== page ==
Have you ever had to write an obituary? If so, you'll no doubt remember how you wrote, edited, erased, and re-wrote to make sure that you had it just right. Most people who write obituaries want to present the facts about the deceased's life, family, and work in a positive light if at all possible. If you want to enrage or upset people, just try writing an obituary that is offensive or insulting to the deceased.
This happened recently when Colleen McCullough, best-selling author of "The Thorn Birds" passed away. An obituary that began tactlessly by saying "Plain of feature, and certainly overweight, she was, nevertheless, a woman of wit and warmth..." upset many of her legions of fans. Not surprising, really, since any writer - particularly those as talented as Ms. McCullough - deserves to be remembered for her writing, not her physical appearance.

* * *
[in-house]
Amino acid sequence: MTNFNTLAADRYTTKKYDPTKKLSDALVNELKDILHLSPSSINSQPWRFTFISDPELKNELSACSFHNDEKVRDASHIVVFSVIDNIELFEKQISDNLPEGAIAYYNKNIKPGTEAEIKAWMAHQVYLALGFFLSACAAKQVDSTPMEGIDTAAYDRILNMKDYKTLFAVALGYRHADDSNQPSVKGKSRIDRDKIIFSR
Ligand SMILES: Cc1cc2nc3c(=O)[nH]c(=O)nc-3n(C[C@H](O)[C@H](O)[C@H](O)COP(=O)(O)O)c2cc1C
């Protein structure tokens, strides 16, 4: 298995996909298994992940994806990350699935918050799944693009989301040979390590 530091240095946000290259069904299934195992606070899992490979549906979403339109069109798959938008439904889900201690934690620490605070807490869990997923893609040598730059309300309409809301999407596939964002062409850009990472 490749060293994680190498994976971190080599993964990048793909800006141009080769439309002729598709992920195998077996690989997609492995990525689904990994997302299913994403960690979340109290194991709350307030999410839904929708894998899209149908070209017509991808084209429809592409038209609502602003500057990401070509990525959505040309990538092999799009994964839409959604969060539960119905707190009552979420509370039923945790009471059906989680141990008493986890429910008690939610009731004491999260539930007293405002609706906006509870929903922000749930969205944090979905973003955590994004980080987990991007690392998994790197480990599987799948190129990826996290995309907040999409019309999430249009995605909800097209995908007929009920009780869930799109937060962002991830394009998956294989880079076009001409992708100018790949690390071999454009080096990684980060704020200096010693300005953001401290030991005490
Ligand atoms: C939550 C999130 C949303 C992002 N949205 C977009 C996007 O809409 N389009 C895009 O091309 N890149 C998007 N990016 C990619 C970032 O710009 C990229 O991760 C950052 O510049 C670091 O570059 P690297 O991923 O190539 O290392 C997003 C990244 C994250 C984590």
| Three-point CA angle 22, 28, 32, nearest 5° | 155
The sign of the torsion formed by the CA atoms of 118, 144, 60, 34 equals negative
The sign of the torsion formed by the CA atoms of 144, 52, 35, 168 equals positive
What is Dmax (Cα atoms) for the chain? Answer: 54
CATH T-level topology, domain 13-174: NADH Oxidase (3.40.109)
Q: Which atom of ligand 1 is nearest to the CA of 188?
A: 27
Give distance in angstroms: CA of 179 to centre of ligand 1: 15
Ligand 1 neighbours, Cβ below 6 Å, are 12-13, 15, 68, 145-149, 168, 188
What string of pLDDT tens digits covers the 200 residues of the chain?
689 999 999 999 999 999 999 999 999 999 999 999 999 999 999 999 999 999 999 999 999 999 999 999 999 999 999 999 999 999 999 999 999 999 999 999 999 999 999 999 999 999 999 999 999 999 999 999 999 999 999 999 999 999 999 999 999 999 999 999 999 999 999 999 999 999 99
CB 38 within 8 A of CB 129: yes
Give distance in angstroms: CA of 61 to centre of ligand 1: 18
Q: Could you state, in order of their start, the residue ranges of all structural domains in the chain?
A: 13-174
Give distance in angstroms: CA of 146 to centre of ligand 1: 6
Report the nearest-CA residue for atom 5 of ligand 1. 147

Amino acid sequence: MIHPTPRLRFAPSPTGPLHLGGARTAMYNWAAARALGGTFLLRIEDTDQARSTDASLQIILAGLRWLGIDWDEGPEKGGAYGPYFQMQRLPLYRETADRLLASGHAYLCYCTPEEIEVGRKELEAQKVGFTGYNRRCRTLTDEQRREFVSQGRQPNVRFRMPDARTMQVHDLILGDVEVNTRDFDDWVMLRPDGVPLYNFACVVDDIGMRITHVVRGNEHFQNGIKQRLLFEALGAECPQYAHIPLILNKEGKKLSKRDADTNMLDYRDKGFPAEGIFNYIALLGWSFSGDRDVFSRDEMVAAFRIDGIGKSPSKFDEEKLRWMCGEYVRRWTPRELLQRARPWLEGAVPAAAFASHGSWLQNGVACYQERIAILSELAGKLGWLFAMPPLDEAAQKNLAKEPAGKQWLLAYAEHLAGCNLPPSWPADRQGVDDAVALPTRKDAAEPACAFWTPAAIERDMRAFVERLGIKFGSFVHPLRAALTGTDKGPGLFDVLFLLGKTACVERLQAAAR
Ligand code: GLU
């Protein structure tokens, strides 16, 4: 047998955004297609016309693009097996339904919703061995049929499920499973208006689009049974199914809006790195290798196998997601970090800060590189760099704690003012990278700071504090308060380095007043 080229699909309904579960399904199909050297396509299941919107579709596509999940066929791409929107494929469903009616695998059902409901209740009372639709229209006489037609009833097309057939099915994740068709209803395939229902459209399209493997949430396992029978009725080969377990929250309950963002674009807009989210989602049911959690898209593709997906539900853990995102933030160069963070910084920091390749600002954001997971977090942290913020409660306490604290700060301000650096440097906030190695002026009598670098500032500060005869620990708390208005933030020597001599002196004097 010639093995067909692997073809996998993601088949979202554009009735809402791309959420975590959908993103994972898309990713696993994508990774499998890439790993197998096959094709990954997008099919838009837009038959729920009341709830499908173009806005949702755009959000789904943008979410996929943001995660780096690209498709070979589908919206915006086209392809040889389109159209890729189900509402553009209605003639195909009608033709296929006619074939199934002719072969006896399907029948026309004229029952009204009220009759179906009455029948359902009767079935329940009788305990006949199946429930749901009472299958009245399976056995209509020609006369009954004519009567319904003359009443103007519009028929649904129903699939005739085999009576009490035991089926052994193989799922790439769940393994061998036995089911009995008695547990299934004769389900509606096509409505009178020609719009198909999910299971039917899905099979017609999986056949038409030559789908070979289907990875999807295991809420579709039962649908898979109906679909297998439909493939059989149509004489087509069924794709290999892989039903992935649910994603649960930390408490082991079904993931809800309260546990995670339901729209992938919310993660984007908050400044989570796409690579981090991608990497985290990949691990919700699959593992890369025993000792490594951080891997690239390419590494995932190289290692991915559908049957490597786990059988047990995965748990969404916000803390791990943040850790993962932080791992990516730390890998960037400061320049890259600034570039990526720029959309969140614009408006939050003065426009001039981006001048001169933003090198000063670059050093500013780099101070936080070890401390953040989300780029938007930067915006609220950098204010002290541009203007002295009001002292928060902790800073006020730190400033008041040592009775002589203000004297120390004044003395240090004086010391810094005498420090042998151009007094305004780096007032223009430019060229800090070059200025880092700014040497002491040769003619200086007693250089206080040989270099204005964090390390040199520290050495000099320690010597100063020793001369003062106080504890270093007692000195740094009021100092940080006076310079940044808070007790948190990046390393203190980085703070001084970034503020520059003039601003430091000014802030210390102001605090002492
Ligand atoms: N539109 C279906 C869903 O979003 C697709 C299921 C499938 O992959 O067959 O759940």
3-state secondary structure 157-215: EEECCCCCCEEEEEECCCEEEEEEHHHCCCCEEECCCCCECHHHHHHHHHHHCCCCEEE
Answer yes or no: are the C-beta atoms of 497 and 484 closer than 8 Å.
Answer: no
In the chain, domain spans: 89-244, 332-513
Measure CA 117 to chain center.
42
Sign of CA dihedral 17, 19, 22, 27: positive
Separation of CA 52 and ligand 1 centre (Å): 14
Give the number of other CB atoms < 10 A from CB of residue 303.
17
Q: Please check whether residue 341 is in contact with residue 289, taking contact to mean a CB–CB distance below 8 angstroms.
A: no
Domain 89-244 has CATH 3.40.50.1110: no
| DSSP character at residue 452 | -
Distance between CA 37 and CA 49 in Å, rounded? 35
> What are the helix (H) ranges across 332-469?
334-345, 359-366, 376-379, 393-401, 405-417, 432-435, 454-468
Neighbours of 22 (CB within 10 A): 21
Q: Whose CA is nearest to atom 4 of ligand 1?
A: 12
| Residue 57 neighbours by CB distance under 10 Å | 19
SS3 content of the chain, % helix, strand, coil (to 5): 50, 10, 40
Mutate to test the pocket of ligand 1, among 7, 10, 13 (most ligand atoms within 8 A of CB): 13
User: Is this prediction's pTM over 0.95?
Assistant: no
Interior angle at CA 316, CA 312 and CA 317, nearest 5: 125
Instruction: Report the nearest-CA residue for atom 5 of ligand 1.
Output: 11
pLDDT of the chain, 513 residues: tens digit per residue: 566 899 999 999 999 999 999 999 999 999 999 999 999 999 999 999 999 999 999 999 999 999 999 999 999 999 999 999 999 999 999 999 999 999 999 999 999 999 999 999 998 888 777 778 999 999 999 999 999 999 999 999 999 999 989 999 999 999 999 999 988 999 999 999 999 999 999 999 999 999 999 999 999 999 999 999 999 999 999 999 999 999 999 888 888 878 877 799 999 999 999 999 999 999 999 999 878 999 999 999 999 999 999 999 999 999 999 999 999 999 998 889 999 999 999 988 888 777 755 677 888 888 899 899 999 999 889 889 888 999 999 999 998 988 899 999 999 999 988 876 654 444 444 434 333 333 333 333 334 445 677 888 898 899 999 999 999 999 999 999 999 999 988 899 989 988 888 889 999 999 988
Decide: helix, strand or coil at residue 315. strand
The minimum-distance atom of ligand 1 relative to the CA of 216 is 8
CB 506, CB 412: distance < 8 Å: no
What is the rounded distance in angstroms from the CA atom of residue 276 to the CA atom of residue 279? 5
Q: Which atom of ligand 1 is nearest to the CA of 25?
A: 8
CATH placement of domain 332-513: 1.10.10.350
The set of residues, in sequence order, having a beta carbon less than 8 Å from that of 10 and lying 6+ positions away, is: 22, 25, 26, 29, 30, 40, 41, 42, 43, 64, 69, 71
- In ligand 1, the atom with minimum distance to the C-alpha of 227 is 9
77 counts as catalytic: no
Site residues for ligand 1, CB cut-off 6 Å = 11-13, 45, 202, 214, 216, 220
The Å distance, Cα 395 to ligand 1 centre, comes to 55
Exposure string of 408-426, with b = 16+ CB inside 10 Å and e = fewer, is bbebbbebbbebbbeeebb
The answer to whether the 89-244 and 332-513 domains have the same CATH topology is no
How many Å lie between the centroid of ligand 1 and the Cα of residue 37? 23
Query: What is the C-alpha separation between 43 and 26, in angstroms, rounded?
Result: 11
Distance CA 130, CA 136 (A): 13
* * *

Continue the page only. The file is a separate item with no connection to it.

Alexandra Petri, writing for the Toronto Star, responded to the McCullough obituary by writing opening lines for obituaries of several famous male writers and politicians. To read Ms. Petri's hilarious article, click here.
The attached photo of Ms. McCullough accompanied the article in the Toronto Star, and is credited to Patrick Riviere/Getty Images.